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Abstract: PO0498

Biomimetic Thin Film Scaffolds Support Renal Cell-Based Filtration and Reabsorption

Session Information

Category: Bioengineering

  • 300 Bioengineering

Authors

  • Gallegos, Thomas F., IVIVA Medical, Woburn, Massachusetts, United States
  • Klassen, Charles, IVIVA Medical, Woburn, Massachusetts, United States

Group or Team Name

  • IVIVA Medical
Background

End stage renal disease affects millions of patients worldwide. Allotransplantation is the only curative treatment, yet it is only accessible to a fraction of patients. Hemodialysis does not adequately replace lost renal function. Engineered kidney replacing devices could be an alternative, however, excepting native extracellular matrix, no biologic scaffolding system to support cell-based filtration and absorption has yet been developed.

Methods

Biomimetic thin film scaffolds were fabricated by 3D printing, embedding, and leaching opposing networks of sacrificial material across 5µm thick microporous biologic membranes. The separate channel systems were co-seeded with primary glomerular microvascular endothelial cells and immortalized podocytes (glomerular grafts, N=3), or human umbilical vein endothelial cells and immortalized proximal tubule epithelial cells (tubular grafts, N=4) to recapitulate glomerular and proximal tubule anatomy and physiology.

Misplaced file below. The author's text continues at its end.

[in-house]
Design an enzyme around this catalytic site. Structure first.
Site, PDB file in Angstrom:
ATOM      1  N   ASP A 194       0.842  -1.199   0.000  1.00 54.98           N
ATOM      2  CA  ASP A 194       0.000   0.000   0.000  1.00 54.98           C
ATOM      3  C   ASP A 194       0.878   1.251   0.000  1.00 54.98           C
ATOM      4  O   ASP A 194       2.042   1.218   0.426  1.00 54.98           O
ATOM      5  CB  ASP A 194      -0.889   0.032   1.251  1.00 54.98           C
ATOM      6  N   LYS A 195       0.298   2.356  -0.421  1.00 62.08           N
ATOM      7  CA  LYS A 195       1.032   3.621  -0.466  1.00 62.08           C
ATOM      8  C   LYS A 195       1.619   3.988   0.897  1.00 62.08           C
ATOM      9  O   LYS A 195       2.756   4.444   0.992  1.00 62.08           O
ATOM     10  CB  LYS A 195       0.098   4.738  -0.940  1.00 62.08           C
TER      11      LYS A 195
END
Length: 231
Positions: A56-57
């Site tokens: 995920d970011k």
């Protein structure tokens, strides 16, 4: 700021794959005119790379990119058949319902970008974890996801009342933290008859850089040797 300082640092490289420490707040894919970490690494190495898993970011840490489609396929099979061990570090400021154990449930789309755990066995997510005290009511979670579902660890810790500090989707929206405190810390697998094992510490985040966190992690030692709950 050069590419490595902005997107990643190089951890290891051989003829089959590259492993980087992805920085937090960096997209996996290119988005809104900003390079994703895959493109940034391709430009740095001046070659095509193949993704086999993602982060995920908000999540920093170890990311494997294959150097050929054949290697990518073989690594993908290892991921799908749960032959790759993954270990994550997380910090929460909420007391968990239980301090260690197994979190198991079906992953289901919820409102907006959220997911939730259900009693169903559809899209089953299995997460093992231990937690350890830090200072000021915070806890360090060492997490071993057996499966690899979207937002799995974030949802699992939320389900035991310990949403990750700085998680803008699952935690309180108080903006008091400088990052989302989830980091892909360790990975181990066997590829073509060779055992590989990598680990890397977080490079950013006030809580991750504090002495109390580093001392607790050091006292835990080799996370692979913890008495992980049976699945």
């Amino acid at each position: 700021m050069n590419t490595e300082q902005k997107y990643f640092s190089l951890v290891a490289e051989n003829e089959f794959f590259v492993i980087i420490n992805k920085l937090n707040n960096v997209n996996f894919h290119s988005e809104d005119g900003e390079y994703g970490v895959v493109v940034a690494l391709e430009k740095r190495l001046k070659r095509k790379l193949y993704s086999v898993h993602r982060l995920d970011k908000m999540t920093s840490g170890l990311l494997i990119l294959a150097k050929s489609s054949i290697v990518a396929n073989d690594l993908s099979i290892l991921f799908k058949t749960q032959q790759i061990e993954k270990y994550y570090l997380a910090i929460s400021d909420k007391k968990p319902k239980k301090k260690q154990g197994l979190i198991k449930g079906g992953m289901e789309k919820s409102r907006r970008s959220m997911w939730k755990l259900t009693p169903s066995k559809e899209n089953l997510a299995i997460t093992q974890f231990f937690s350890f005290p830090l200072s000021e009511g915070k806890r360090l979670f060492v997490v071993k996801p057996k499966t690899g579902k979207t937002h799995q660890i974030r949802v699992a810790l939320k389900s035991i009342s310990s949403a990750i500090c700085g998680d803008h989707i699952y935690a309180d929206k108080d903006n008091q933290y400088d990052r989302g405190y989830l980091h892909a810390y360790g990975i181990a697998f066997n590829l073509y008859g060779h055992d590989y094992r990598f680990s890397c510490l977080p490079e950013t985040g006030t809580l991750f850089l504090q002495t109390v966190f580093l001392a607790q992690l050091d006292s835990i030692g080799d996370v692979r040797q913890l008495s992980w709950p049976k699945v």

Results

Scaffolds supported cell engraftment, polarization, and barrier formation in vascular and epithelial channels, and enabled filtration and reabsorption. Acellular scaffold vascular perfusion at 30mmHg resulted in a flow rate of 5.82mL/min/cm 2 (N=9), producing filtrate at 8.01µl/min/cm 2 of membrane. Confluent glomerular grafts produced filtrate at a rate of 3.76µL/min/cm 2 (48h, N=3). At 1 week, mature tubular grafts retained 96.8% of Inulin-FITC in the tubular epithelium (N=3). At maturity, glucose was transported into the vascular channel at a 24 hour rate of 0.11mg/mL/cm 2 (N=4).

Conclusion

Biomimetic thin film scaffolds support formation of perfusable 3D tissues and higher level renal cell based functions such as filtration and reabsorption in vitro. At scale, cellular constructs could enable fabrication of a fully biologic implantable renal replacement device.

Funding

  • Other U.S. Government Support